LIGHTFOOT: Hearing simple.

TAPPER: And we have --

LIGHTFOOT: And people (INAUDIBLE) to do that.

TAPPER: And we have a vaccine mandate here at CNN. I understand where you're coming from, but I have to say like, first of all, do you want people showing up, do you want police officers showing up if they're not vaccinated and have not disclosed whether or not they're vaccinated? I mean, that's OK, you want them --

LIGHTFOOT: No, I want our police officers and our firefighters, all of our first responders to be safe.

TAPPER: Right.

LIGHTFOOT: We lost four police officers last year to COVID, all of whom died before the vaccine was available. I want our workers regardless of whether they're civilian or sworn, and I want our residents to be safe. And the only way to maximize that safety is to get the vaccine.

TAPPER: Right. So --

LIGHTFOOT: 97 percent of people were sick and dying in our city are unvaccinated.

TAPPER: So 13,000 police officers, how many -- I understand it's a preliminary number, but how many of them have told you that they're vaccinated, because the deadline is coming up in just a few hours? I mean, is it more than 7,000? Because the union had says he thinks at least half are going to be non-compliance. I mean, do you have numbers that prove that he's wrong?

LIGHTFOOT: That's precisely why we're going to court. This union leader who's discredited, disgraced police officer is trying to lead a lot of brave young men and women over a cliff without a parachute. He's huffing and huffing. But the fact of the matter is, I feel very confident. We're seeing the numbers rise.

I don't have the immediate numbers at my fingertips. And as I said, we'll release them in full transparency as soon as we have a final tally. But the fact of the matter is, I think a vast majority of police officers and employees across our city are going to comply, because it's a very simple process. Yes or no. Are you vaccinated? Are you not? That's it.

TAPPER: I can't help but think that if the number were over 7,000, you would tell me right now.

LIGHTFOOT: Well, now you're fishing and trying to get me to say something but I don't want to say. If I was worried, I would be the first to tell you. I'm not worried.

I feel like we're going to get maximum compliance. And if we don't, we have contingency plans, but I don't think anybody is going to lose their career because they don't want to say yes or no as to whether or not they're vaccinated.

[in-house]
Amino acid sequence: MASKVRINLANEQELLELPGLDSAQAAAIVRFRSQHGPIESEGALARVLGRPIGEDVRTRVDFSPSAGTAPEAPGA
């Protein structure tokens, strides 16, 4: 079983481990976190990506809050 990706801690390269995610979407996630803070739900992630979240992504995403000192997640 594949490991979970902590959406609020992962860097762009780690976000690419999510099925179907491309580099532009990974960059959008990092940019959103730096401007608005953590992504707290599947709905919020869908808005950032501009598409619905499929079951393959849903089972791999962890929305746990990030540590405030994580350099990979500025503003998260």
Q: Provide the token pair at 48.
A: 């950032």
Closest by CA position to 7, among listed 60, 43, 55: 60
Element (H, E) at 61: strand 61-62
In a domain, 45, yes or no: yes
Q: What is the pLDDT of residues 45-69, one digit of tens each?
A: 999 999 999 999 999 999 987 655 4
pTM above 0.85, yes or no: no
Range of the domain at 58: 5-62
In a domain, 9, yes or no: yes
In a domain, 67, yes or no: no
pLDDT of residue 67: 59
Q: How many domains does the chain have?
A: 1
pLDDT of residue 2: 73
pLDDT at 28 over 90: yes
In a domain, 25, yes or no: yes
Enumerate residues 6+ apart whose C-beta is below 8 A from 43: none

TAPPER: All right.

LIGHTFOOT: That's what I know.

TAPPER: Chicago Mayor.

LIGHTFOOT: (INAUDIBLE) common sense.

TAPPER: Chicago Mayor Lori Lightfoot, thank you so much. And police officers in Chicago, please get vaccinated. Save your own life. Save that -- the lives of your family members.

Coming up, a billboard that made visitors to New York's Times Square look up and wonder if it was a joke, or if it was deadly serious. Stay with us.



TAPPER: In our Earth matters series today, if you think manmade climate change isn't something you have to worry about, maybe think again. Look at these stunning images from the research organization Climate Central, which show what could happen if nothing is done to stop rising temperatures which leads to rising sea levels. Take the famous Santa Monica Pier in California, it will become a waterpark in the middle of the Pacific.

The city of Hoboken across the river from New York City will just become part of the Hudson River. And then, of course, Buckingham Palace will become very secure because there will be a moat around it, literally.


The Queen actually just weighed in on climate change appearing to say all the talk and no action from global leaders is, quote, irritating.

Our next guest would probably agree with the sentiment, might even have a stronger word than irritating. He's trying to get the world to pay attention to the failure of Australian leaders to address the crisis, by raising over $150,000 to display this giant billboard in Times Square. It reads for a limited time, come to Australia to cuddle a koala before we make them extinct. Sounds a good joke, but the message is deadly serious.

And the man behind that message is comedian and host of the Australian podcast "A Rational Fear", Dan Ilic, who joins me now. Dan, thanks so much for joining us. First, how was your billboard in New York received? Did you get any tweets, any calls from global leaders?

DAN ILIC, COMEDIAN & HOST OF "A RATIONAL FEAR" PODCAST: It's funny you should mention that, Jake. You know, at 9:45, the Prime Minister of Australia Scott Morrison had no plans to go to COP26. And then by 2:45 p.m., he changed his mind. And incidentally, 9:45 a.m. was when the billboards went live.

So something happened between 9:45 and 2:45 p.m. I don't know what it was. I could have been the Queen being disgruntled that he wasn't going to be there. But, you know, maybe it was a giant flaming kangaroo in the middle of Times Square that convinced them that, oh yes, climate change. That's something I've constantly ignored. Maybe I should pay some attention to it. Yes.